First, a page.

The next step is to create the notification that will remind the user to stand up every fifteen minutes. For now, the notification will be delivered immediately when the toggle is set.

2.1 Create the notification

In this step, you will create a deliverNotification() method that will post the reminder to stand up and walk around.

  1. Create a member variable in MainActivity called mNotificationManager of type NotificationManager.
  2. Initialize it in onCreate() by calling getSystemService():
    mNotificationManager = (NotificationManager) getSystemService(NOTIFICATION_SERVICE);
  3. Create a method in MainActivity called deliverNotification() that takes the Context as an argument and does not return anything.
    private void deliverNotification(Context context) {}
  4. Create a member constant in MainActivity called NOTIFICATION_ID and set it to 0. Your app will only have one notification at a time, so you will use the same notification ID for all notifications.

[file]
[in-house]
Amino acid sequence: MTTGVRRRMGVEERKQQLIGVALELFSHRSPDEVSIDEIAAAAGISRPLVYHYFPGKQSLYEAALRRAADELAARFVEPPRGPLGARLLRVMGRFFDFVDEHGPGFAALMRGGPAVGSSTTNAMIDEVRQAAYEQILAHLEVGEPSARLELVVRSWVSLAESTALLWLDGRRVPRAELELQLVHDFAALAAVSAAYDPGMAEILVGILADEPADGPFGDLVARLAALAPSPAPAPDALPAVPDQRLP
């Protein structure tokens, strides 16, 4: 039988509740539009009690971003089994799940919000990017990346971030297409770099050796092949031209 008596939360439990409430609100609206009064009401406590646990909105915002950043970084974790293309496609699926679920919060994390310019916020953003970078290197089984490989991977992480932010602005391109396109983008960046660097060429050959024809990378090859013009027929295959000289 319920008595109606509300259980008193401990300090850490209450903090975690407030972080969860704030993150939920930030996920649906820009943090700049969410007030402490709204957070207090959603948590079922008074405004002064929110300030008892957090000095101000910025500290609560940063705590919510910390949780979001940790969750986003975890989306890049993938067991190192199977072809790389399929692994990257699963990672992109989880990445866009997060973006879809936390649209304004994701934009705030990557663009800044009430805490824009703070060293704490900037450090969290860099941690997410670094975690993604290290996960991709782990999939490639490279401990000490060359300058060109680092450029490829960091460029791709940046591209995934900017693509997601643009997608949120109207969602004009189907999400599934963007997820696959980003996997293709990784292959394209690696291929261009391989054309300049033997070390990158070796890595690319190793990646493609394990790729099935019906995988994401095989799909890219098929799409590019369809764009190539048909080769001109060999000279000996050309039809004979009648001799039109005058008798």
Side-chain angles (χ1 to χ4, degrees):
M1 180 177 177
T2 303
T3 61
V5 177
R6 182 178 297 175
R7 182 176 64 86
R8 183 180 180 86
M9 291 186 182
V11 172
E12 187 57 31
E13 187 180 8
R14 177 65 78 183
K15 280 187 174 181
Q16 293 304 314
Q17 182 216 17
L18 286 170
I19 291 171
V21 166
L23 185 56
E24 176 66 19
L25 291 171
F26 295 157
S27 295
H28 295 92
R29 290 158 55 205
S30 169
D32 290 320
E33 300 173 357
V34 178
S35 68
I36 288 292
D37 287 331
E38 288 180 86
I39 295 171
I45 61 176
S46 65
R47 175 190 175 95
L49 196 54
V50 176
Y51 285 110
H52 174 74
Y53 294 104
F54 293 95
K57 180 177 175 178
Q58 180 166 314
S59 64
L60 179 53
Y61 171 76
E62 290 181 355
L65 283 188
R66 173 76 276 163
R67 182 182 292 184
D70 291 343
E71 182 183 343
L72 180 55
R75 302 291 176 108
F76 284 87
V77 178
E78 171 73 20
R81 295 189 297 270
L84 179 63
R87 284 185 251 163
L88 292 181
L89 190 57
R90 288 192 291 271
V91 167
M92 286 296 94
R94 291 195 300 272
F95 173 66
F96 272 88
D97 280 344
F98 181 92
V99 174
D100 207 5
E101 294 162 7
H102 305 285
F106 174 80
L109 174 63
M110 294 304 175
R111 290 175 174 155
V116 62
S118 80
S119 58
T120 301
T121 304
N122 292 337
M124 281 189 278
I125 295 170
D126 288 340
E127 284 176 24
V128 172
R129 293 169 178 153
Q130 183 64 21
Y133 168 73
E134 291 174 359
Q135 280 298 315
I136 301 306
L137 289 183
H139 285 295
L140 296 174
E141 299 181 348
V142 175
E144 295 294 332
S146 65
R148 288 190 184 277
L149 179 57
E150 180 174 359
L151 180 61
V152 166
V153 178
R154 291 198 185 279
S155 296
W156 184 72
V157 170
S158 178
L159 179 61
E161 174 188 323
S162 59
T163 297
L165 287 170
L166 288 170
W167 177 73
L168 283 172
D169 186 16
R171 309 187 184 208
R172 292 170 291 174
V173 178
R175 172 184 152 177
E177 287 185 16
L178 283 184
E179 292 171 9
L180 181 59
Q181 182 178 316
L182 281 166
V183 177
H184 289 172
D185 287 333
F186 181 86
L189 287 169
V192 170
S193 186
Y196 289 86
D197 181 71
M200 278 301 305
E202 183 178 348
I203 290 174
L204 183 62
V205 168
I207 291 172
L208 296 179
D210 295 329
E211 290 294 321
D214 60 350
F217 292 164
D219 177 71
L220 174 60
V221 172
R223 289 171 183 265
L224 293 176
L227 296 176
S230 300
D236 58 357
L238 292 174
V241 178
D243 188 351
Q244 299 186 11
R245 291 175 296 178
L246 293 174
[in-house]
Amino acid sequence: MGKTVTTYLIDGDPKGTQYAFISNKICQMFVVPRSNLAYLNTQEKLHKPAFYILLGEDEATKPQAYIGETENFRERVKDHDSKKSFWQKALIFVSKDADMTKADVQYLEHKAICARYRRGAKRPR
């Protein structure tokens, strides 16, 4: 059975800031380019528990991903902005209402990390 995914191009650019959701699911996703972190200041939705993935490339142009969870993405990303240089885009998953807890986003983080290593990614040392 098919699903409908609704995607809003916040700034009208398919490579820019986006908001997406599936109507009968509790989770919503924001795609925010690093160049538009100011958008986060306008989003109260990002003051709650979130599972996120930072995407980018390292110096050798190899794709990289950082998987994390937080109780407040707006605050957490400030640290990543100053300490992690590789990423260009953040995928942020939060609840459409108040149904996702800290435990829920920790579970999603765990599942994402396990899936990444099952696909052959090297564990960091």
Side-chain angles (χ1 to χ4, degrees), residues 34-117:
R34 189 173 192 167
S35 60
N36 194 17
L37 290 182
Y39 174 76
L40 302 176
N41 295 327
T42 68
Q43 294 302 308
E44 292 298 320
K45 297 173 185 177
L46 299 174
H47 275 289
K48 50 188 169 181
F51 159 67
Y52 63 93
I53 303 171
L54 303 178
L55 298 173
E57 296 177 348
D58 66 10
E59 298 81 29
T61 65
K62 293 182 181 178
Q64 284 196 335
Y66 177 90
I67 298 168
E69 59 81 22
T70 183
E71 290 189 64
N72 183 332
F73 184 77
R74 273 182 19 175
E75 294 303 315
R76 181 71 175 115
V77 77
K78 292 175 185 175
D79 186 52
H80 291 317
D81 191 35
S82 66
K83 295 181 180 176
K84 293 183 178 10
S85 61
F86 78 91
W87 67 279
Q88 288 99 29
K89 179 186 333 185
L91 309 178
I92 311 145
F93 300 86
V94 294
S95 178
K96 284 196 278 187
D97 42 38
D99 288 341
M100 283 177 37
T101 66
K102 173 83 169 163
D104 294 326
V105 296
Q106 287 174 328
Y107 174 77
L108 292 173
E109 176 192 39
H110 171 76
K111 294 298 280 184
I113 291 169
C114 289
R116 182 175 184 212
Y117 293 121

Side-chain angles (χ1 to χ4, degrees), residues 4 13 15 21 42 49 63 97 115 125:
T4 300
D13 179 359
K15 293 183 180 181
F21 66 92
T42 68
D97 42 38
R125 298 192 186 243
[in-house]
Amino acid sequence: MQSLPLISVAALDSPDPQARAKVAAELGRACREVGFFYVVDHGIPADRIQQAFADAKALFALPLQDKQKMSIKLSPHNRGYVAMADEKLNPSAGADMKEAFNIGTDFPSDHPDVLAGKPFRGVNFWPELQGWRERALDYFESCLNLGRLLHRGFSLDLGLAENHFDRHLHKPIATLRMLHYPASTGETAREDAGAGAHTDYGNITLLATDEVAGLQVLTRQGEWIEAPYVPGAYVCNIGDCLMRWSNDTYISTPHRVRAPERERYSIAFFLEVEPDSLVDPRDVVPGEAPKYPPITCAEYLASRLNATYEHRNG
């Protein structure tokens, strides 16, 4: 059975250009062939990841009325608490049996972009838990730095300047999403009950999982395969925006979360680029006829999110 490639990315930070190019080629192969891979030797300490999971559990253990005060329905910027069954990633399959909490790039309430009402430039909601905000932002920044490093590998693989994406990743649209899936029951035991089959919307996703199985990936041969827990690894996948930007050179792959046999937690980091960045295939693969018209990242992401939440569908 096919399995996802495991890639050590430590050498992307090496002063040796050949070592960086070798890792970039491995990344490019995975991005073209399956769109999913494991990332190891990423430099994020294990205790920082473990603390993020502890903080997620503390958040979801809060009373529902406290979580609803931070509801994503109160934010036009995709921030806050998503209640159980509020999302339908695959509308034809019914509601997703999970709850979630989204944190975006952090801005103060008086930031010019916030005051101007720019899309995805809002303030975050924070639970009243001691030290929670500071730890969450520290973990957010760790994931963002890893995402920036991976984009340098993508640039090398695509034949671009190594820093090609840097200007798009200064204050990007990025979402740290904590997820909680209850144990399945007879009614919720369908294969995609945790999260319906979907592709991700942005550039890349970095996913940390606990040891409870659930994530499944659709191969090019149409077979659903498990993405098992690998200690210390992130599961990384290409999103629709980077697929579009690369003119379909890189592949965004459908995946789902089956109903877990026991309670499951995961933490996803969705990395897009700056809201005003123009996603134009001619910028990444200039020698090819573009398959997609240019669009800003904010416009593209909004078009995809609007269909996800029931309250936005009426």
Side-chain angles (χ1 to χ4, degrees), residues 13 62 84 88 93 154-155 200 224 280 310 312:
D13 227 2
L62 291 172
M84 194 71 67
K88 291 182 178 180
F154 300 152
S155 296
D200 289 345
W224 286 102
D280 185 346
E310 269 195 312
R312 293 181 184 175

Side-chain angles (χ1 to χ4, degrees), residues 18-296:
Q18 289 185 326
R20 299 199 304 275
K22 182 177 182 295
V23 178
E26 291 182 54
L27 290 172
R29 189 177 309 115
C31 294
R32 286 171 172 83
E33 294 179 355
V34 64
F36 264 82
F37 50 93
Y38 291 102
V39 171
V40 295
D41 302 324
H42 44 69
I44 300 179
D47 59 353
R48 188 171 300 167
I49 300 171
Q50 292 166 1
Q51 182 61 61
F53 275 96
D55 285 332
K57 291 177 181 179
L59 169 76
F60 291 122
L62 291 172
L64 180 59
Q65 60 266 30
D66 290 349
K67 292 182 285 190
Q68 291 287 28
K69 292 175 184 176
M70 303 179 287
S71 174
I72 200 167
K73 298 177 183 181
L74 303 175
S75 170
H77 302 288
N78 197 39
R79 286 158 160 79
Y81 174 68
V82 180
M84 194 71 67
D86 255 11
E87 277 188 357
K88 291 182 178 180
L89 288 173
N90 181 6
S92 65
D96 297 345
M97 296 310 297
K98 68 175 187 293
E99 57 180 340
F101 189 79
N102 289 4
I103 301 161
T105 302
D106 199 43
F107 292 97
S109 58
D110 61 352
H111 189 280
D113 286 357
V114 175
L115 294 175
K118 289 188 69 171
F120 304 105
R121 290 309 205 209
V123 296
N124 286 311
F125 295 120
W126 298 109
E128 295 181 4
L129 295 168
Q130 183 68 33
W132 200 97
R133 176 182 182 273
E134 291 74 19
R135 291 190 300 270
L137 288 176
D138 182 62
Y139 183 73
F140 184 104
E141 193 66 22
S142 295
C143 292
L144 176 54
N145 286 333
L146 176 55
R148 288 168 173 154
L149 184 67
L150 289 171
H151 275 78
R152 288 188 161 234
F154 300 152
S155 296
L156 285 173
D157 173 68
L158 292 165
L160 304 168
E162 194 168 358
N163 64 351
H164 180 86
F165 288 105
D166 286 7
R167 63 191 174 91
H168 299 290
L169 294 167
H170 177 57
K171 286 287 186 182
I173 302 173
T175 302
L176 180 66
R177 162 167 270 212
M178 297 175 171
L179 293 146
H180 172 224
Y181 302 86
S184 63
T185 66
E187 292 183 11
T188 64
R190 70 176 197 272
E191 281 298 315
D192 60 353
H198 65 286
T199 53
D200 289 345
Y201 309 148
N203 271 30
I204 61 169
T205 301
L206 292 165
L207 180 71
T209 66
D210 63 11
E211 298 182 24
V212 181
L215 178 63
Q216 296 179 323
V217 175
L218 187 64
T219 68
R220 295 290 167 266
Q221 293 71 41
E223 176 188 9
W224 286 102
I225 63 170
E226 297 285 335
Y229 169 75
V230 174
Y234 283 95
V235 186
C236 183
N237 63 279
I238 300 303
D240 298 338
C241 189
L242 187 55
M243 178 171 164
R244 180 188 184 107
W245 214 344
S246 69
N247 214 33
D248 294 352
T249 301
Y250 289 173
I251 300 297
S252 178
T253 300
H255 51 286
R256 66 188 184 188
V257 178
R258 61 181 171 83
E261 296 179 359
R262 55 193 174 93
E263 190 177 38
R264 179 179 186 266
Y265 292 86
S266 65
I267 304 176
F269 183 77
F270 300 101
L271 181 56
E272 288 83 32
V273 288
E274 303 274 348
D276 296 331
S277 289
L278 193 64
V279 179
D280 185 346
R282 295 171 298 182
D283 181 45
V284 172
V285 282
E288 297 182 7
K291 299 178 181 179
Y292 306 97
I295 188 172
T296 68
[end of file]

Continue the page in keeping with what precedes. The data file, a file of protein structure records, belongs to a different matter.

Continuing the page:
Note: Notification ID's are used to distinguish notifications within your application. The NotificationManager will only be able to cancel notifications delivered from your app so you can use the same ID in in different applications.

Notification content Intent

  1. Create an Intent in onCreate() that you will use for the notification content Intent:
    Intent contentIntent = new Intent(context, MainActivity.class);
  2. Create a PendingIntent from content Intent right below the definition of contentIntent using the getActivity() method, passing in the notification ID and using the FLAG_UPDATE_CURRENT flag:
    PendingIntent contentPendingIntent = PendingIntent.getActivity
       (context, NOTIFICATION_ID, contentIntent, PendingIntent.FLAG_UPDATE_CURRENT);
    Note: PendingIntent flags tell the system how to handle the situation when multiple instances of the same PendingIntent are created (meaning they contain the same intent). The FLAG_UPDATE_CURRENT flag tells the system to use the old Intent but replace the extras data. Since you don't have any extras in this Intent, you reuse the same PendingIntent over and over.